Research Briefs

Date of this Version

1-30-2018

Abstract

Setting a low quantity of opioid tablets as the default option in electronic medical record prescribing orders may “nudge” clinicians to prescribe fewer opioids. When two emergency departments implemented a 10-tablet default instead of a manual entry, the proportion of 10-tablet prescriptions written more than doubled, from 20.6% to 43.3%. Conversely, 20-tablet prescriptions decreased from 22.8% to 16.1%, and prescriptions for 11-19 tablets decreased from 33.5% to 20.1%.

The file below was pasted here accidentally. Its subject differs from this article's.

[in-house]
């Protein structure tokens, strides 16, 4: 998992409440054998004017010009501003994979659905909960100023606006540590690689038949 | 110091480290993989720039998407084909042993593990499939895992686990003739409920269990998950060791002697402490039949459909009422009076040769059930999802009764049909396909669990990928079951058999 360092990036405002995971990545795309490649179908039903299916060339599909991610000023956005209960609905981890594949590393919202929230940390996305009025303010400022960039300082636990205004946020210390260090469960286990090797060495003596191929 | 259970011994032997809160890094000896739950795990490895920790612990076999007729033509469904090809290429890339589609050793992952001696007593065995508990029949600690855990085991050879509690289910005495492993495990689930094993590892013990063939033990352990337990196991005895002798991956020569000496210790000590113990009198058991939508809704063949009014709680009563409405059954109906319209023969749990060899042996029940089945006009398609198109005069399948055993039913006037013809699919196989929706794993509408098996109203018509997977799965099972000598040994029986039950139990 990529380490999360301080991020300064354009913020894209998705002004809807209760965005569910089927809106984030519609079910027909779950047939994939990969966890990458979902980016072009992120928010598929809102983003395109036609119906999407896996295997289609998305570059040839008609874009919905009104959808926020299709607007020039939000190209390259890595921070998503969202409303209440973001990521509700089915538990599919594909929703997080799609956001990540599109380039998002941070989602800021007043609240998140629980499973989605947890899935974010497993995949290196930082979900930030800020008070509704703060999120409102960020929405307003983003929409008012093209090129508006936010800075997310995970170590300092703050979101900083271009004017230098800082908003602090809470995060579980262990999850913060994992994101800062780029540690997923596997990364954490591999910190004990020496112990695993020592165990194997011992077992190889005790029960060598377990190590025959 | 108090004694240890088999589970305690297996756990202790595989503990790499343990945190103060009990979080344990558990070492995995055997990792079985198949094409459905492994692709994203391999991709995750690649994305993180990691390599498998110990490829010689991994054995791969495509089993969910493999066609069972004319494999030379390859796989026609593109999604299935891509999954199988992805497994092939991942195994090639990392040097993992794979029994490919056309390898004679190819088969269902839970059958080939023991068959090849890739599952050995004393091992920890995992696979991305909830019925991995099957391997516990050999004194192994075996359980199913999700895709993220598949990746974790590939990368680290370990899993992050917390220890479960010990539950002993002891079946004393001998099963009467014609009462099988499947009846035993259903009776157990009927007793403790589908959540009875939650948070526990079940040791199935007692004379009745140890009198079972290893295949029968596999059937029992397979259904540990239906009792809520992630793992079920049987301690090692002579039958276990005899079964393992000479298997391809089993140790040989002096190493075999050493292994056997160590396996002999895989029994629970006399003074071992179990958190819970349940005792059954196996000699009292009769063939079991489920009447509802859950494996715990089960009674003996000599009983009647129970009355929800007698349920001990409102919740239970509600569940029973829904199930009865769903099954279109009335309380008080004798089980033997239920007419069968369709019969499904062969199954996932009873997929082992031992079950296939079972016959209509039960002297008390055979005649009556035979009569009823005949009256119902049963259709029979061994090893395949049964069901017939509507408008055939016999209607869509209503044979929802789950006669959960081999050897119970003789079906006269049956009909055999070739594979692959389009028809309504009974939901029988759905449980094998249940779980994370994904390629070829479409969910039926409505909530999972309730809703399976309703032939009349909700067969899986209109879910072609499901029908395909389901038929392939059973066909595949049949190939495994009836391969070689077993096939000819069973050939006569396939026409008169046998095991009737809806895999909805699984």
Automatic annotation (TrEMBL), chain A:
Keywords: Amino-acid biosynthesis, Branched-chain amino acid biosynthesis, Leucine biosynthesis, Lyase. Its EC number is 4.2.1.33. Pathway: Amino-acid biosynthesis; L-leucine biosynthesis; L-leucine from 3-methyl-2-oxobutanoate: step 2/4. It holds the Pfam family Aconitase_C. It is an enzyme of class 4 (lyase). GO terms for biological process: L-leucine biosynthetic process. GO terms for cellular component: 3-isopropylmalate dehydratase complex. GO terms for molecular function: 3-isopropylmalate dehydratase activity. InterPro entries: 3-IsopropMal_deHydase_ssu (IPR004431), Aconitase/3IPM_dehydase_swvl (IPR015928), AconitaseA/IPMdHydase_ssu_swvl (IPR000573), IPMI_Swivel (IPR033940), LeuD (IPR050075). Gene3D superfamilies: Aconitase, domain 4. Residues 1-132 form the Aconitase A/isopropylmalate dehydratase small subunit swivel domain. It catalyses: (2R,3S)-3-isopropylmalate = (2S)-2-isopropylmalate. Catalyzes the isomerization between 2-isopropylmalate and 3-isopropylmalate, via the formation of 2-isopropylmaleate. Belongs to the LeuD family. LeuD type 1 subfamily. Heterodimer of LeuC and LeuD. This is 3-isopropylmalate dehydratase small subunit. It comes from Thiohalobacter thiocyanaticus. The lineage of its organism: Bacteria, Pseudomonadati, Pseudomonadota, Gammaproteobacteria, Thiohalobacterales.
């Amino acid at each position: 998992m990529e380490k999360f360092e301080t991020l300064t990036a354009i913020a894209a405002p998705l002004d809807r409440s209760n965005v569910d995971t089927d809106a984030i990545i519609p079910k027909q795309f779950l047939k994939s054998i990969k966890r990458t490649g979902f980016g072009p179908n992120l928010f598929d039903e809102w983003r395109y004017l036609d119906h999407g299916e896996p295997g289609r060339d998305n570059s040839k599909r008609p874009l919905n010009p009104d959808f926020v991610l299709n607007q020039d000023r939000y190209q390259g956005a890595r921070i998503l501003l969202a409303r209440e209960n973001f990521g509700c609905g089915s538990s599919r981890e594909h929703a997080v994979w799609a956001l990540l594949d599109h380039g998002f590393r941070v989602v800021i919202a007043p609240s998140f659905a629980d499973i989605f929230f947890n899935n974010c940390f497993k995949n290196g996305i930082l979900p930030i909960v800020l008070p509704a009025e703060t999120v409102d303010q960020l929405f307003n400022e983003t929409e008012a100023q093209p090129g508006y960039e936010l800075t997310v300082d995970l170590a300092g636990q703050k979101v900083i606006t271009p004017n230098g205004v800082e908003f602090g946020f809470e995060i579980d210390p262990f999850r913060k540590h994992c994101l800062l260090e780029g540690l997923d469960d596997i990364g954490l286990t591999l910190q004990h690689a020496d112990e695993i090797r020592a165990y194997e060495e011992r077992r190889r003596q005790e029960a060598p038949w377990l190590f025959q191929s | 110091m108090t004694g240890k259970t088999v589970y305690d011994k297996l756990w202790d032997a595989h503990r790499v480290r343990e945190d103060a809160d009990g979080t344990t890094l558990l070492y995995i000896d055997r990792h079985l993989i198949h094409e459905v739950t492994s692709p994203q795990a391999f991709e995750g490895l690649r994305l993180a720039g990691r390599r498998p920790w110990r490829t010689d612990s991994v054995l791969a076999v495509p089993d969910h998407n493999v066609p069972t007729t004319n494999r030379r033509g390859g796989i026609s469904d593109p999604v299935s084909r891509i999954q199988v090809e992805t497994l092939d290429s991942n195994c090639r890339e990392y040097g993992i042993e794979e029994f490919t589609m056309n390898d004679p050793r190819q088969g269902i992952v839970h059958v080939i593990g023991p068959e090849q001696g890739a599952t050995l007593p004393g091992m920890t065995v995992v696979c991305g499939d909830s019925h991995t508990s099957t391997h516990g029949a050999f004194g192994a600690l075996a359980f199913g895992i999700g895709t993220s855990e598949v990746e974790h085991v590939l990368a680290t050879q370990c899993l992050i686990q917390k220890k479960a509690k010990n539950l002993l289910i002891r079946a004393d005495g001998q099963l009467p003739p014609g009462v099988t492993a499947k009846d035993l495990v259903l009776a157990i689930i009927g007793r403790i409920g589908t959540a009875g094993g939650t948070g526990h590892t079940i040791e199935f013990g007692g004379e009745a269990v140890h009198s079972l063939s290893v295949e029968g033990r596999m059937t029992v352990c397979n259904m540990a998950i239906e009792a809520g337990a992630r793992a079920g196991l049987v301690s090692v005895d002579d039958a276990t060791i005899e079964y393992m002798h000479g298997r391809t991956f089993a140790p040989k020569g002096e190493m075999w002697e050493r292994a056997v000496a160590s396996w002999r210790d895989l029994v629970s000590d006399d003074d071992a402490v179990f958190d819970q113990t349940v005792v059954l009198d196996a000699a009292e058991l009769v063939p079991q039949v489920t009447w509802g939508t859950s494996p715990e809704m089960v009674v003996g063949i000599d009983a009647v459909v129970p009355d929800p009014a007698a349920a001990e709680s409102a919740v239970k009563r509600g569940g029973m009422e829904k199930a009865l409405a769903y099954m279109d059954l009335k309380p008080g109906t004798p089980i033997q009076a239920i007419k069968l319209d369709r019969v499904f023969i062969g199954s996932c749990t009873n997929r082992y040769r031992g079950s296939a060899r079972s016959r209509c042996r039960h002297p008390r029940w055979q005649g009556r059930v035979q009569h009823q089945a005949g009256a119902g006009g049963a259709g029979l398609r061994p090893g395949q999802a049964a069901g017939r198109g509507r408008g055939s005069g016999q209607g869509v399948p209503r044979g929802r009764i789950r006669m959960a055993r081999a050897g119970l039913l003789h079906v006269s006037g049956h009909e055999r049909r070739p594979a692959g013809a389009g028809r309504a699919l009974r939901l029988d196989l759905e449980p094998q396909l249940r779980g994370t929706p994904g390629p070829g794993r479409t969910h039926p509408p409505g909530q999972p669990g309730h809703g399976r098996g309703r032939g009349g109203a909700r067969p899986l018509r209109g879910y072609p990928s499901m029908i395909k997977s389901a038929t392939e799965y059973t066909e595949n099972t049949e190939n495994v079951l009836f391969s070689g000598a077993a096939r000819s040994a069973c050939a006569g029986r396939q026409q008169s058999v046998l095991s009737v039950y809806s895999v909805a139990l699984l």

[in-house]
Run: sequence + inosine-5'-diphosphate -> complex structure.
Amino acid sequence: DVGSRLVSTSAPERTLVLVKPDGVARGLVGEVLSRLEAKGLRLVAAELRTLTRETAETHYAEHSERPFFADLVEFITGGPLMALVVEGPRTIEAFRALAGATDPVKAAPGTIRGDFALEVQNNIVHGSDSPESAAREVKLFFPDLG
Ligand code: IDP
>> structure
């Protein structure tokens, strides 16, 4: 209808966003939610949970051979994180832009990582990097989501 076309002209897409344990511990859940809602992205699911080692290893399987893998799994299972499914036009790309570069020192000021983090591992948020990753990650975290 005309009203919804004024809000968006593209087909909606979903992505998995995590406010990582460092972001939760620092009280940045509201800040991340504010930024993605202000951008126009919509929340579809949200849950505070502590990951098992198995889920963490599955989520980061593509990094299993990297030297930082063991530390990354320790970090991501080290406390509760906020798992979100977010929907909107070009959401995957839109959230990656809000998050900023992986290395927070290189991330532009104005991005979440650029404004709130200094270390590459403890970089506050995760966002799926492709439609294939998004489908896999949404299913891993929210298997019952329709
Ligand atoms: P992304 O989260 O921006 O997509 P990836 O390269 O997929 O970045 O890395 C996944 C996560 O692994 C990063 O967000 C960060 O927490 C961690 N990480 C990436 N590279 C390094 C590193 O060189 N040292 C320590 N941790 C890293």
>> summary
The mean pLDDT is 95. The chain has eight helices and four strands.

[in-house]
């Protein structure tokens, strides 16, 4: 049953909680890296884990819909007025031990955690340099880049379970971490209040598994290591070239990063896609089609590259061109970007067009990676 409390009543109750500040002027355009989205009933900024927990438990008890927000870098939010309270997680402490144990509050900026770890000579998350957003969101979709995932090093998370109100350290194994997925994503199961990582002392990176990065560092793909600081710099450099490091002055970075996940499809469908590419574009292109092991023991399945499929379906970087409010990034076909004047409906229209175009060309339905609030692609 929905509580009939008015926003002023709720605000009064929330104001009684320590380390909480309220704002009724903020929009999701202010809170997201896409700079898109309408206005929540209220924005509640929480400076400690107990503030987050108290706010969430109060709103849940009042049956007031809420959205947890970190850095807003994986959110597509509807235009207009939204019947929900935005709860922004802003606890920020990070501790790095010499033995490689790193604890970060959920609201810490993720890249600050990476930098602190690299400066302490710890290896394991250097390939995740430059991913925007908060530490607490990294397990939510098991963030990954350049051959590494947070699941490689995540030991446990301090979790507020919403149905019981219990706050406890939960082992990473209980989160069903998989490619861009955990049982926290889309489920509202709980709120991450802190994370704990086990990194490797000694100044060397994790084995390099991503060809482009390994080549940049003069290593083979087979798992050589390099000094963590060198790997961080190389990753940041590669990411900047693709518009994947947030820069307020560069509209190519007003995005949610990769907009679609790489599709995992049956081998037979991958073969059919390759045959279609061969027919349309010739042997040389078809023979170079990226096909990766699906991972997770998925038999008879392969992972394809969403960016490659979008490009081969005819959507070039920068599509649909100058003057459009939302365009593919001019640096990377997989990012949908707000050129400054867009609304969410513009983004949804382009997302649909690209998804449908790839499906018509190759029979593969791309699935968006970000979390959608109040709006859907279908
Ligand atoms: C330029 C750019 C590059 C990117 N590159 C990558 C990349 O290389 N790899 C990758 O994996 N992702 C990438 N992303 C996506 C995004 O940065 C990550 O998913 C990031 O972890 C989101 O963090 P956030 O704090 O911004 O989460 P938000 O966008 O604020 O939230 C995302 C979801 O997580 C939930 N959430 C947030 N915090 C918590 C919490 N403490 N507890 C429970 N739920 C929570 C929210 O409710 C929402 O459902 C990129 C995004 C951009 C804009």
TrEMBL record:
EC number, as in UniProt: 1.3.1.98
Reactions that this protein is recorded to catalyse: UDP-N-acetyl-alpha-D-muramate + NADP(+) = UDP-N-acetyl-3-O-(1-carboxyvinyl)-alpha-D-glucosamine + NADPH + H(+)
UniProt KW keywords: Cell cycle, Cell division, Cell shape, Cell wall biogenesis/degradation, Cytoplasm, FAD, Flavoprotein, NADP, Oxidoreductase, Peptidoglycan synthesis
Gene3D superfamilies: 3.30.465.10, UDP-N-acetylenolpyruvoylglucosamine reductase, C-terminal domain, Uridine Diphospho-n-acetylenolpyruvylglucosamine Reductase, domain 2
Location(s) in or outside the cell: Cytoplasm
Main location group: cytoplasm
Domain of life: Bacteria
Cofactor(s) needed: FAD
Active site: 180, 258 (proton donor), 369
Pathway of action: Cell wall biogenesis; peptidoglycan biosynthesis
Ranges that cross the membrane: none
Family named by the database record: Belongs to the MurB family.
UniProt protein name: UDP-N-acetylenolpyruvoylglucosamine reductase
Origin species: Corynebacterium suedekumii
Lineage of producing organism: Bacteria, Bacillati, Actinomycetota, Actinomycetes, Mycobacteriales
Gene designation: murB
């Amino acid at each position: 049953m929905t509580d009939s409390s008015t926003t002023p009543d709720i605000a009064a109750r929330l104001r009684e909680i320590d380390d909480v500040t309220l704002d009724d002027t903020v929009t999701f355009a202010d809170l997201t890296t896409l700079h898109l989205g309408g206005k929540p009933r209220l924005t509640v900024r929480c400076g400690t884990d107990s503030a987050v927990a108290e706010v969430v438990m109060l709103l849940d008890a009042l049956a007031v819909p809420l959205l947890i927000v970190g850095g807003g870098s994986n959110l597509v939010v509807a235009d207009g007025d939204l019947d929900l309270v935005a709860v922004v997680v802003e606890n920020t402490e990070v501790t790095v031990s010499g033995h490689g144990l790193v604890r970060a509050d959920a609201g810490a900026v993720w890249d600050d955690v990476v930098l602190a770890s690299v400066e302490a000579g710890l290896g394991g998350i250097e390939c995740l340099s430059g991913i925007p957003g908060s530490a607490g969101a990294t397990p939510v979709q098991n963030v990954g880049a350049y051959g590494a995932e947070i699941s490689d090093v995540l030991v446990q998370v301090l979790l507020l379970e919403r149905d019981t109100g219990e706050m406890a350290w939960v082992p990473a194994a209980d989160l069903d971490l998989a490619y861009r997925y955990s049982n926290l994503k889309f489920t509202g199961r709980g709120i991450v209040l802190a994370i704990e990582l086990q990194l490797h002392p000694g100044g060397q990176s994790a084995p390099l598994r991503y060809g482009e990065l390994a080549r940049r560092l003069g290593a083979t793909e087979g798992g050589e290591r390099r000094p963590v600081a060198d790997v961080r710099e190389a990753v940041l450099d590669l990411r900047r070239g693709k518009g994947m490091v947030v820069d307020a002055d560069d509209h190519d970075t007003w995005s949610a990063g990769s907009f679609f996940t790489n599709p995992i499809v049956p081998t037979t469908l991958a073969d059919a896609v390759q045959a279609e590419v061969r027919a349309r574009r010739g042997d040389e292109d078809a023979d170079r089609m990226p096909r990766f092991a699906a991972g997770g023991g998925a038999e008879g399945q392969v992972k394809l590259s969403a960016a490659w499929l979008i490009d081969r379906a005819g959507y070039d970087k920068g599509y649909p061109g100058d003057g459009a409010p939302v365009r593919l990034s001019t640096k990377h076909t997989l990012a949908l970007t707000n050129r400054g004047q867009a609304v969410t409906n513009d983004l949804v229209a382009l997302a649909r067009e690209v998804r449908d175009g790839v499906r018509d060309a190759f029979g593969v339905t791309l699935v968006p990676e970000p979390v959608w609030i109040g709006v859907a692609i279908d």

Document Type

Brief

Number

34

License

Creative Commons License
This work is licensed under a Creative Commons Attribution-No Derivative Works 4.0 License.

Keywords

Opioids, opioid epidemic, prescribing, emergency department, electronic medical record, behavioral economics, nudge

Citation For This Study

Delgado, M.K, F.S. Shofer, M.S. Patel, S. Halpern S., E. Christopher, Z.M. Meisel, J. Perrone. Association between Electronic Medical Record Implementation of Default Opioid Prescription Quantities and Prescribing Behavior in Two Emergency Departments. Journal of General Internal Medicine. 2018. doi: 10.1007/s11606-017-4286-5

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Date Posted: 07 February 2018